CHAPTER X THE CAMPAIGN IN EASTERN PRUSSIA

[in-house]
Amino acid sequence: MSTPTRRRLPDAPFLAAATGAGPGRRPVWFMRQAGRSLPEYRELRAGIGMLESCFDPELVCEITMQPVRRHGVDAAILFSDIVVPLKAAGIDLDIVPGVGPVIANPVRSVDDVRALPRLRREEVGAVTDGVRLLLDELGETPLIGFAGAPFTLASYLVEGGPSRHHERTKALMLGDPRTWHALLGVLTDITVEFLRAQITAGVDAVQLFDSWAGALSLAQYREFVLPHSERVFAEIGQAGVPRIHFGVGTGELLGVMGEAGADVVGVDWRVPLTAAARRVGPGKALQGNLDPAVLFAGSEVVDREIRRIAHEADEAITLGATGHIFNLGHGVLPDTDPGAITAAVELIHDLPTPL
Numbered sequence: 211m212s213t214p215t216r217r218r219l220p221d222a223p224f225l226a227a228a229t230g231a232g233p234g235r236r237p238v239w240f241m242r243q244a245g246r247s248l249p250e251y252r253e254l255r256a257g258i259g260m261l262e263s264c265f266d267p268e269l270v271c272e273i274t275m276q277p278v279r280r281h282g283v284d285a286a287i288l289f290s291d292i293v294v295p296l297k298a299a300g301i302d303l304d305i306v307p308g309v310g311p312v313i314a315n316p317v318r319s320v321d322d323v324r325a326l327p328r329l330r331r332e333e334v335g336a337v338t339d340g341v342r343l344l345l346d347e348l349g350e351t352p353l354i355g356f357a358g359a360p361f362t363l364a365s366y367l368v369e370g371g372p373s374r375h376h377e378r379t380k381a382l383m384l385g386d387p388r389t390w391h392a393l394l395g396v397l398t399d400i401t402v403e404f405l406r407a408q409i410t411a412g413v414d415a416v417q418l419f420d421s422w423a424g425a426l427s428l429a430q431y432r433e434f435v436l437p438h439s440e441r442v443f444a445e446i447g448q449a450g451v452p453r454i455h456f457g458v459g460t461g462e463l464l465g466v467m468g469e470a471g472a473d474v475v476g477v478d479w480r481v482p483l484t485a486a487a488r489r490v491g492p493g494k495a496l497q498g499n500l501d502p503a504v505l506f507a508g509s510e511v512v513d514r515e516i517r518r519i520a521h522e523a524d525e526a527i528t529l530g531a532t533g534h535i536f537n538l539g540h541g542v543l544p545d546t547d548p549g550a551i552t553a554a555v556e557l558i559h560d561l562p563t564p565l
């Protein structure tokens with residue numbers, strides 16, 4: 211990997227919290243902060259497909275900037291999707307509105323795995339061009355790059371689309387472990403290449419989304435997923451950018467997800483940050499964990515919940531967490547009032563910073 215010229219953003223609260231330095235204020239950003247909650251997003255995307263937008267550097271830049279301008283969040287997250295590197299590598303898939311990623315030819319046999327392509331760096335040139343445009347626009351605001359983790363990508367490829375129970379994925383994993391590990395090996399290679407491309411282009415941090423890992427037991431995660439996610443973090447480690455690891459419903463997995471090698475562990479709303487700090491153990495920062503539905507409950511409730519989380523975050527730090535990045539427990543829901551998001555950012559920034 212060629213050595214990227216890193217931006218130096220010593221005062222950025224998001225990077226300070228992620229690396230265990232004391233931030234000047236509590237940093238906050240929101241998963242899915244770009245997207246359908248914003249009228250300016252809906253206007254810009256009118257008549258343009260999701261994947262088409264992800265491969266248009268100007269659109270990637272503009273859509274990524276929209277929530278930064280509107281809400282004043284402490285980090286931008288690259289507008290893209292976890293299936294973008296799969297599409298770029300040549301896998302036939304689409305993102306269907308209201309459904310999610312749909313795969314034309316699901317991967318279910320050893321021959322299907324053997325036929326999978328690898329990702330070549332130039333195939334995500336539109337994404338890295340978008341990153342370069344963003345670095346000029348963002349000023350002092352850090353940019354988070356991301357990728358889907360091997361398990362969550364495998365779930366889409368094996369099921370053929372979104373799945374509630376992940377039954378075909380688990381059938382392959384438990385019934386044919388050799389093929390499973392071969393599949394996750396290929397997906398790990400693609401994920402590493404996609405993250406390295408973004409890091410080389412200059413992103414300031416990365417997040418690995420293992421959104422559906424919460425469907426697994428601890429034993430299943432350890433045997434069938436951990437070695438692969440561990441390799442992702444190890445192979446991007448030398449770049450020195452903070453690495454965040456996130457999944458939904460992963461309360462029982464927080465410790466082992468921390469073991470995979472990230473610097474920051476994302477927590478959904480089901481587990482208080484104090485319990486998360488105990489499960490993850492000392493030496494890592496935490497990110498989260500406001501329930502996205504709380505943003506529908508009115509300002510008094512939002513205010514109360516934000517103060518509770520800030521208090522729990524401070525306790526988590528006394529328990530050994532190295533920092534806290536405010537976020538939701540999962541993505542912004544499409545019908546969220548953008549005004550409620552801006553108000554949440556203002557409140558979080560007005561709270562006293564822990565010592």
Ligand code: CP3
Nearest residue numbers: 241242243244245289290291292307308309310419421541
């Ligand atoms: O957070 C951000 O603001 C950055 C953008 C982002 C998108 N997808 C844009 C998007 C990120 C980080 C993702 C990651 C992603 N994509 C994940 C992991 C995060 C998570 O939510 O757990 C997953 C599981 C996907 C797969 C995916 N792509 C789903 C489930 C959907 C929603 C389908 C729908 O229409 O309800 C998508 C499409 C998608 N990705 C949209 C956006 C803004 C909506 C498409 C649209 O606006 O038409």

Those who say that the people in Germany felt elated during the first six weeks of the war make a grievous mistake, for, on the contrary, public opinion was much alarmed when it became known that East Prussia had been invaded. The panic was so complete that there was talk of the necessity of evacuating KĂśnigsberg and even Berlin. Captain Rustenberg was told to try and find out the exact conditions as to what was being said and thought in the different classes of society and the results of his secret investigations convinced him that Germany's military leaders ought to make a supreme effort in order to restore the shattered confidence of the nation. The fact was that no one had wanted the war and the only way to make this calamity acceptable to the country was to convince the people that the German army was still the invincible machine it had proved to be during the lifetime of old Emperor William and of Bismarck and Moltke. As I have said, after the battle of the Marne the plan of campaign had to be remodeled and all effort given to the annihilation of Russia. But at that time Russia still had a strong army which revolutionary propaganda had not vet contaminated and a considerable effort would be required to bring it to bay. One afternoon Colonel X. again summoned Captain Rustenberg and asked him quite bluntly whether he thought it possible to ascertain in some way or other the plans of the Russian General Staff. Unfortunately the captain could be of no assistance in that capacity, but, perhaps out of malice more than from anything else, he suggested that Colonel Massojedoff might be of greater service than himself in this enterprise. Colonel X. shrugged his shoulders with a gesture of impatience, but said nothing. He then asked the captain to tell him what he thought of the whole situation. The reply was short and frank. The captain explained that from what he had been able to learn while he was in Russia it seemed to him that the most important thing to do would be to win a decisive victory over the Russian troops, after which pressure should be brought to bear on public opinion in Petrograd so as to bring a speedy cessation of hostilities. The press ought to be influenced, and, he added, we all knew by what means such a result could be obtained. Whether what the captain said produced any impression is unknown, but soon after this conversation Germany was startled by the news of the famous battle of Tannenberg and in the three months which followed the Grand Duke Nicholas had to retire from East Prussia under the pressure and masterful strokes of General von Hindenburg. What might be called the first phase of the campaign ended with a complete triumph for the Prussian arms. To the man in the street this seemed exceedingly satisfactory, but this was not the case with the German Staff who all the time they had been fighting had had their minds riveted on the hope of concluding an honorable peace as soon as possible. They knew full well, even if others did not, how precarious the hold of the Czar on his throne was, and they dreaded a revolution which might drive him into exile and place men less willing and less ready than they thought him to be to separate the cause of Russia from that of the Allies. It should not be forgotten that at that time the text of the famous London treaty in which the Allies pledged themselves not to conclude a separate peace independently of each other was not known, and consequently the German government could hope to succeed in detaching Russia from England and France, while Italy had not yet entered the conflict. It may perhaps surprise my readers when I say that at that time all the attention of German diplomacy as well as that of the Staff was directed towards the swift conclusion of a peace which, they were well aware, was the only means of avoiding crushing disasters in the future. There were important conferences at the headquarters of the Intelligence Department, conferences during which all or nearly all its most trusted agents were asked their opinion in regard to a formidable plan of spying and corruption of important personages in Russia, which it was intended to put into execution. The vast scheme of fomenting a revolution to detach Russia from the Allies was considered and it was in the course of these discussions which Captain Rustenberg attended that he heard mentioned for the first time the name of Lenin as a man capable at a given moment and under certain circumstances of becoming a powerful asset to the German game. With his name was that of another, of whom the captain had not heard before, that of Leon Trotzky. The latter was said to be in America, and it was related further that for a long time he had helped to strengthen the feelings of animosity which the extreme socialistic parties everywhere entertained for the Russian reigning family and had preached revolt against the Russian government. Trotzky was a German subject â€” his real name was Braunstein â€” and he had been sent to Russia for the first time in 19o5 during the first rebellion which collapsed under the energetic action of the military and civil authorities in the Empire of the Czar. Arrested for extreme anarchist propaganda, he had been sentenced to exile in Siberia, but he managed to escape, aided, this was openly acknowledged by the " Professor," by money sent to him from Berlin and which reached him in a mysterious